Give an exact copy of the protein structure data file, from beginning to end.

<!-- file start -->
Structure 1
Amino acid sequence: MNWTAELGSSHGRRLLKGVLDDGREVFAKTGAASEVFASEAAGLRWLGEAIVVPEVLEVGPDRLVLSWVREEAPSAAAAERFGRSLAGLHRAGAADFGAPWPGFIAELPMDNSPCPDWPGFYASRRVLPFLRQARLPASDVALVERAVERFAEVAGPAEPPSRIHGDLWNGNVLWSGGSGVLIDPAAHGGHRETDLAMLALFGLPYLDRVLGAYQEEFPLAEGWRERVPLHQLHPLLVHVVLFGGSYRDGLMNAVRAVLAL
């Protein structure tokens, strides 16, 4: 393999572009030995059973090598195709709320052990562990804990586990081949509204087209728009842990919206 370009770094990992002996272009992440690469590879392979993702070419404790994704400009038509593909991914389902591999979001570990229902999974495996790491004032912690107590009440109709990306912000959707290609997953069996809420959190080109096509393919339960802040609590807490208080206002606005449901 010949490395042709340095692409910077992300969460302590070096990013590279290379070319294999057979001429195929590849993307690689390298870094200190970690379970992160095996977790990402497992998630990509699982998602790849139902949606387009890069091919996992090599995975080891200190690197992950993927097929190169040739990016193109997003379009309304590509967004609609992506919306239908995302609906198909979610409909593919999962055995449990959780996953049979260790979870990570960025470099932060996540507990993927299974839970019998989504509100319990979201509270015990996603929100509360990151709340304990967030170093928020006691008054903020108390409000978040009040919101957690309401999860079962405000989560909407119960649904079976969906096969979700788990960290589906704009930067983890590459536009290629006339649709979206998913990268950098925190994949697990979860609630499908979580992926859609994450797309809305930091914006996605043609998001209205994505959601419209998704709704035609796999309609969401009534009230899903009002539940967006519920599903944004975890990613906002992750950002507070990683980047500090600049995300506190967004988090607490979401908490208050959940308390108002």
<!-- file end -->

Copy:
Structure 1
Amino acid sequence: MNWTAELGSSHGRRLLKGVLDDGREVFAKTGAASEVFASEAAGLRWLGEAIVVPEVLEVGPDRLVLSWVREEAPSAAAAERFGRSLAGLHRAGAADFGAPWPGFIAELPMDNSPCPDWPGFYASRRVLPFLRQARLPASDVALVERAVERFAEVAGPAEPPSRIHGDLWNGNVLWSGGSGVLIDPAAHGGHRETDLAMLALFGLPYLDRVLGAYQEEFPLAEGWRERVPLHQLHPLLVHVVLFGGSYRDGLMNAVRAVLAL
């Protein structure tokens, strides 16, 4: 393999572009030995059973090598195709709320052990562990804990586990081949509204087209728009842990919206 370009770094990992002996272009992440690469590879392979993702070419404790994704400009038509593909991914389902591999979001570990229902999974495996790491004032912690107590009440109709990306912000959707290609997953069996809420959190080109096509393919339960802040609590807490208080206002606005449901 010949490395042709340095692409910077992300969460302590070096990013590279290379070319294999057979001429195929590849993307690689390298870094200190970690379970992160095996977790990402497992998630990509699982998602790849139902949606387009890069091919996992090599995975080891200190690197992950993927097929190169040739990016193109997003379009309304590509967004609609992506919306239908995302609906198909979610409909593919999962055995449990959780996953049979260790979870990570960025470099932060996540507990993927299974839970019998989504509100319990979201509270015990996603929100509360990151709340304990967030170093928020006691008054903020108390409000978040009040919101957690309401999860079962405000989560909407119960649904079976969906096969979700788990960290589906704009930067983890590459536009290629006339649709979206998913990268950098925190994949697990979860609630499908979580992926859609994450797309809305930091914006996605043609998001209205994505959601419209998704709704035609796999309609969401009534009230899903009002539940967006519920599903944004975890990613906002992750950002507070990683980047500090600049995300506190967004988090607490979401908490208050959940308390108002």